- The Port of Los Angeles reported a 22% surge in cargo volume in November as online shopping continues to strain shipping logistics.
- "It's all the change in the American consumer. We're not buying services, we're buying goods," the port's executive director, Gene Seroka, told CNBC.
- As imports from Asia come in at record levels, American exports at the port are down in 23 of the last 25 months.
The number of shipments coming through the nation's busiest container port complex in Los Angeles is up substantially from the first half of the year, reflecting a rebound in business and shift in consumer habits.
Port of Los Angeles Executive Director Gene Seroka in an appearance Monday on CNBC said cargo volume is up 50% in the second half of 2020 from what arrived at docks through the first six months of the year, and it's common for loaded ships to anchor at sea waiting for a dock to open up.
"It's all the change in the American consumer," Seroka said on "Power Lunch." "We're not buying services, we're buying goods."
The surge in shipments has put a strain on the supply chain at the seaport, which is managed by the Los Angeles Harbor Department. It's a stark contrast to the springtime when volume plummeted as the coronavirus pandemic threw global economies into recession.
With retailers seeing a spike in online orders and e-commerce business in the stay-at-home world, it has led to long delays to unload ships at ports across the country and a scarcity of desired warehouse space.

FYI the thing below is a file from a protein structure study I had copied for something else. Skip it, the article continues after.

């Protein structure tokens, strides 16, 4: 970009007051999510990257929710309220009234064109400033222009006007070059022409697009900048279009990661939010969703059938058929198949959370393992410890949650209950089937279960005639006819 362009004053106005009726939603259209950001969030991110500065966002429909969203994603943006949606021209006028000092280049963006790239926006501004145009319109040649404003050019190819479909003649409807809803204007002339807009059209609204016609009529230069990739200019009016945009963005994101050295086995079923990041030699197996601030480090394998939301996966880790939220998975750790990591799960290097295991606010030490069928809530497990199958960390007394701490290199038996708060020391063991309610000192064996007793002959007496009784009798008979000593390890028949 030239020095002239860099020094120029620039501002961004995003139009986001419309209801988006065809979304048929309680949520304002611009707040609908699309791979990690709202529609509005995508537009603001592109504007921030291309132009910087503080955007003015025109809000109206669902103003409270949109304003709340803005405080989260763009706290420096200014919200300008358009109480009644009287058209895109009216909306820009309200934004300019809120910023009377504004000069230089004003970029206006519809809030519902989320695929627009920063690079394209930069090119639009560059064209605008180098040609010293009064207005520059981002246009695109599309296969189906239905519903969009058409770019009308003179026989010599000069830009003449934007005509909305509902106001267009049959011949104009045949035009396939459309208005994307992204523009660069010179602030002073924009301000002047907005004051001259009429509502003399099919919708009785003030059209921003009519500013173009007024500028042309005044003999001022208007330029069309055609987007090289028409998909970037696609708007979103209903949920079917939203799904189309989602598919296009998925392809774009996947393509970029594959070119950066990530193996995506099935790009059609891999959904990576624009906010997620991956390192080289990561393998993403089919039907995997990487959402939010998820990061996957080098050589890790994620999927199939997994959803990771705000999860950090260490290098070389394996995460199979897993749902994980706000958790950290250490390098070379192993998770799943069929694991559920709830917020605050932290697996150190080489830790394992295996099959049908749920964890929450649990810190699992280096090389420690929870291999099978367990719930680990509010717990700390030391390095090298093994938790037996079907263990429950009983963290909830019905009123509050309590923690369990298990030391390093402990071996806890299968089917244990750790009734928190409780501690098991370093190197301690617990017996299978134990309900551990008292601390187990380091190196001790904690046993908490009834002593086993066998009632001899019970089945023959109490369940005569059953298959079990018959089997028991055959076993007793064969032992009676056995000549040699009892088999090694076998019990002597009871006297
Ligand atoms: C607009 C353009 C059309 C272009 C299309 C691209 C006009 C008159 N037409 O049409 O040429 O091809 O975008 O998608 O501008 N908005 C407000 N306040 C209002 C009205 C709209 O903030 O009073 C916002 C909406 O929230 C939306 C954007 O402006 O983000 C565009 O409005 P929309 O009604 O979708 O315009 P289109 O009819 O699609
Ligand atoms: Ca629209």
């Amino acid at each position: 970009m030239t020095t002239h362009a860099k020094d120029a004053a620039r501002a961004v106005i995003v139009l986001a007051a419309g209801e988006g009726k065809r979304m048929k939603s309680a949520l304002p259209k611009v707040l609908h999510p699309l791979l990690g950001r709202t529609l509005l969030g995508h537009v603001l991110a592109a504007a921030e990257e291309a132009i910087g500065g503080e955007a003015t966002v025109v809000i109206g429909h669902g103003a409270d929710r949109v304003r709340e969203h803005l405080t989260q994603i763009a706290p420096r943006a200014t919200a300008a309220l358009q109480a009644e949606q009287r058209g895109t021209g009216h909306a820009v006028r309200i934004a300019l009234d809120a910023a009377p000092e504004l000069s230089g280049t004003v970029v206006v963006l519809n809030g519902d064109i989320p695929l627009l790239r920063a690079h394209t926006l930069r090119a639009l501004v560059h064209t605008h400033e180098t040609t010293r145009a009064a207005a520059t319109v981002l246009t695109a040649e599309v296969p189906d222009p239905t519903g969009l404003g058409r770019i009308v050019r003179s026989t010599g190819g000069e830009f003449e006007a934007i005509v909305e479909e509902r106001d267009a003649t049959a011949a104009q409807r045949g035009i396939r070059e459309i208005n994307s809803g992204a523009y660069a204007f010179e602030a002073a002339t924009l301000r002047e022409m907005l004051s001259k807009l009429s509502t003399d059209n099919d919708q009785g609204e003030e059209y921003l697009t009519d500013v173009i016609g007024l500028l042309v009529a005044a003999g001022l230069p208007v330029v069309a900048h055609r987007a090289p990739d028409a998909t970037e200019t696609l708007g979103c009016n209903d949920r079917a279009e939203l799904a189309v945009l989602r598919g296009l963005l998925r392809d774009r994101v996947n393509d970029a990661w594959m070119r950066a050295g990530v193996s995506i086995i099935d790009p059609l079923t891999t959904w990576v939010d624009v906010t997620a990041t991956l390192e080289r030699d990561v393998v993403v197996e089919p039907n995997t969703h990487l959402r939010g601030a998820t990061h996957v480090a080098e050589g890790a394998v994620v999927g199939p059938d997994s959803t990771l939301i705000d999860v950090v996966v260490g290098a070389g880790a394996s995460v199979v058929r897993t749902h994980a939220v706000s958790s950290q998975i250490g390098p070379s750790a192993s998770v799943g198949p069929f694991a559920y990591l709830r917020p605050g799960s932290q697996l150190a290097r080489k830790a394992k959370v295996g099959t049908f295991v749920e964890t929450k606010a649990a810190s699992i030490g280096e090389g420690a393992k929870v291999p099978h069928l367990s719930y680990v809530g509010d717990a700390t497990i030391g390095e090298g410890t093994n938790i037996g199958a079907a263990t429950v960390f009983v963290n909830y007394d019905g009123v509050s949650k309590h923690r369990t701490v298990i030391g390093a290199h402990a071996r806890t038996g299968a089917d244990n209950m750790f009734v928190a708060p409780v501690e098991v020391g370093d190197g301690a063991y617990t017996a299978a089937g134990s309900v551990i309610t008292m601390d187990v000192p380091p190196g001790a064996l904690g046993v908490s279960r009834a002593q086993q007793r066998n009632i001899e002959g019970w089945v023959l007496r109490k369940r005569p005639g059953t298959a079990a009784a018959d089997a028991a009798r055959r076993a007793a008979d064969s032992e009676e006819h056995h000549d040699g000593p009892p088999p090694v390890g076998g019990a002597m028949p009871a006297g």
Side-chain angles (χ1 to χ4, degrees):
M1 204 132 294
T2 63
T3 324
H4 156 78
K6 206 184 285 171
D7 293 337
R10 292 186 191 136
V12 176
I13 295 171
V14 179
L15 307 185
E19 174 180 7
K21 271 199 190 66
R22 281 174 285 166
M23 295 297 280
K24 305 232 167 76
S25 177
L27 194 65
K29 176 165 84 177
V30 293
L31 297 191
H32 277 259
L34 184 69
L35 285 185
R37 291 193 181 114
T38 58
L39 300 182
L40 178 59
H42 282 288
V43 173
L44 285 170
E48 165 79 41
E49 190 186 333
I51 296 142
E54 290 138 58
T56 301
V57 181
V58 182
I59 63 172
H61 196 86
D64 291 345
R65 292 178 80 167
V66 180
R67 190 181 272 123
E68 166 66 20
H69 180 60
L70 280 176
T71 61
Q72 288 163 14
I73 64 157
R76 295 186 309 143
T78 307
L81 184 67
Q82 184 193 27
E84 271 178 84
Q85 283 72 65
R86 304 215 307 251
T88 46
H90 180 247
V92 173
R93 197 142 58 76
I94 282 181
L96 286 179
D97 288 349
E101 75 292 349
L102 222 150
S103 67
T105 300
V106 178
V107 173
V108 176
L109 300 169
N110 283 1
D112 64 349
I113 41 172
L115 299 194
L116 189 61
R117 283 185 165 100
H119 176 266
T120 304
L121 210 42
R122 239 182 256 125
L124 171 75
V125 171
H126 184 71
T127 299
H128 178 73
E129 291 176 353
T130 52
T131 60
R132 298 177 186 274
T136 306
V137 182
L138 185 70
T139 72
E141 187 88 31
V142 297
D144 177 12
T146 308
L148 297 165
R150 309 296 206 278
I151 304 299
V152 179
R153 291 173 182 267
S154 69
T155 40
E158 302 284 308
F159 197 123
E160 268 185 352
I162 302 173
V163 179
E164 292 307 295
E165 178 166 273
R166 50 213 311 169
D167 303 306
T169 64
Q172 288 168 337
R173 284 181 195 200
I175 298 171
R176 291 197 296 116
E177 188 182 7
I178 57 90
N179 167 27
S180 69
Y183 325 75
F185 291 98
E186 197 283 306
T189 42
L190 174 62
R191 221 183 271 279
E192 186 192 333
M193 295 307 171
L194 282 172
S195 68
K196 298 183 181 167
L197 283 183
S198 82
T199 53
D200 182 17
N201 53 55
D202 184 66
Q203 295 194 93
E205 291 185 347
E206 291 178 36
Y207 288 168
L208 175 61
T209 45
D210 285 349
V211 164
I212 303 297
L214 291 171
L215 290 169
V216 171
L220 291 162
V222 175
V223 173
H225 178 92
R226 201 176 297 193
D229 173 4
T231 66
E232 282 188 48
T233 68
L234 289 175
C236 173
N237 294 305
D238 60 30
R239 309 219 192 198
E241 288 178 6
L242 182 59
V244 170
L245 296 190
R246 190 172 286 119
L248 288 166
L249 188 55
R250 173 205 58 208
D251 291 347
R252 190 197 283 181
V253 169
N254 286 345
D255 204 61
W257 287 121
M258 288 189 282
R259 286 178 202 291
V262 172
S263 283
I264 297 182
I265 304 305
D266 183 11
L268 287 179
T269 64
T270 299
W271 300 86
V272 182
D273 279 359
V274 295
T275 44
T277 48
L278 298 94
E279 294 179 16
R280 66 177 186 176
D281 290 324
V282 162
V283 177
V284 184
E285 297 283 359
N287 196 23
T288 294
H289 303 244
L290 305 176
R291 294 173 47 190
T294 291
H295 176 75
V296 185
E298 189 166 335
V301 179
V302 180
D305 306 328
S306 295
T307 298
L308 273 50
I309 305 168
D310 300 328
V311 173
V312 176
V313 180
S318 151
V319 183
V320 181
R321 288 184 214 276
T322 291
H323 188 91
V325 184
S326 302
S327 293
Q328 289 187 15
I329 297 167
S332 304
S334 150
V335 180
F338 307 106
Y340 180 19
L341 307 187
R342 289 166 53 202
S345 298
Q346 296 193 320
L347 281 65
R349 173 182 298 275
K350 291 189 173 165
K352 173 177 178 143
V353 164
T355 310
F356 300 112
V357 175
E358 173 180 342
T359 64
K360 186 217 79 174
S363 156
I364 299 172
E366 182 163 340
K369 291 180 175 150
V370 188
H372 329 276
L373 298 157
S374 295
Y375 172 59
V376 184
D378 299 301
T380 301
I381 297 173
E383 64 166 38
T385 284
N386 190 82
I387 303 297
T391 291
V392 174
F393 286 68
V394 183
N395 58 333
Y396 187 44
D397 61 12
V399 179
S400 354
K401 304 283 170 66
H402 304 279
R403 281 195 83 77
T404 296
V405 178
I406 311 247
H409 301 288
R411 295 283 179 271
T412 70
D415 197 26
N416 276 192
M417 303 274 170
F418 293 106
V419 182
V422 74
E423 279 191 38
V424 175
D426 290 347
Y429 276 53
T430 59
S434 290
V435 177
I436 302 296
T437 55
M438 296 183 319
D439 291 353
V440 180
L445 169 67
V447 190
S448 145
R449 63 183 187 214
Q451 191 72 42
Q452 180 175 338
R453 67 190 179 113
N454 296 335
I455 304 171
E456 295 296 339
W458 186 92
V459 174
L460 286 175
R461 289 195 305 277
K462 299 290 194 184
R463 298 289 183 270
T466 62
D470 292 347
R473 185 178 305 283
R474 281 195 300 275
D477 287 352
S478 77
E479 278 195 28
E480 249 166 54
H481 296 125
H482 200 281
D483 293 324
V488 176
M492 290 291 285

Seroka said the port was expecting the increase in demand. The Southern California port has been the busiest container port in North America the last two decades, welcoming 17% of all U.S. cargo.
In November, the Port of Los Angeles logged 890,000 20-foot-equivalent units of shipments coming through its facilities, up 22% from the same month a year earlier, powered in part by holiday orders. Imports from Asia are coming at record levels, the port authority said. Meanwhile, exports at the port have declined in 23 of the last 25 months, which is blamed in part on trade policy with China.
"In addition to the trade policy, it's the strength of the U.S. dollar that makes our goods a little bit more than they would be otherwise for competing nations in same product categories," Seroka said. "And right now, the most startling statistic, is that we're shipping back two times the amount of empty boxes than we are American exports across our docks."
Monthly cargo volume averaged nearly 930,000 in 20-foot-equivalent units since August, something that Seroka calls "unusual" this late in the year. The activity is expected to continue for several months.
Seroka said the port has focused on digitizing operations to optimize shipping schedules and logistics.
"The port is strained," he said.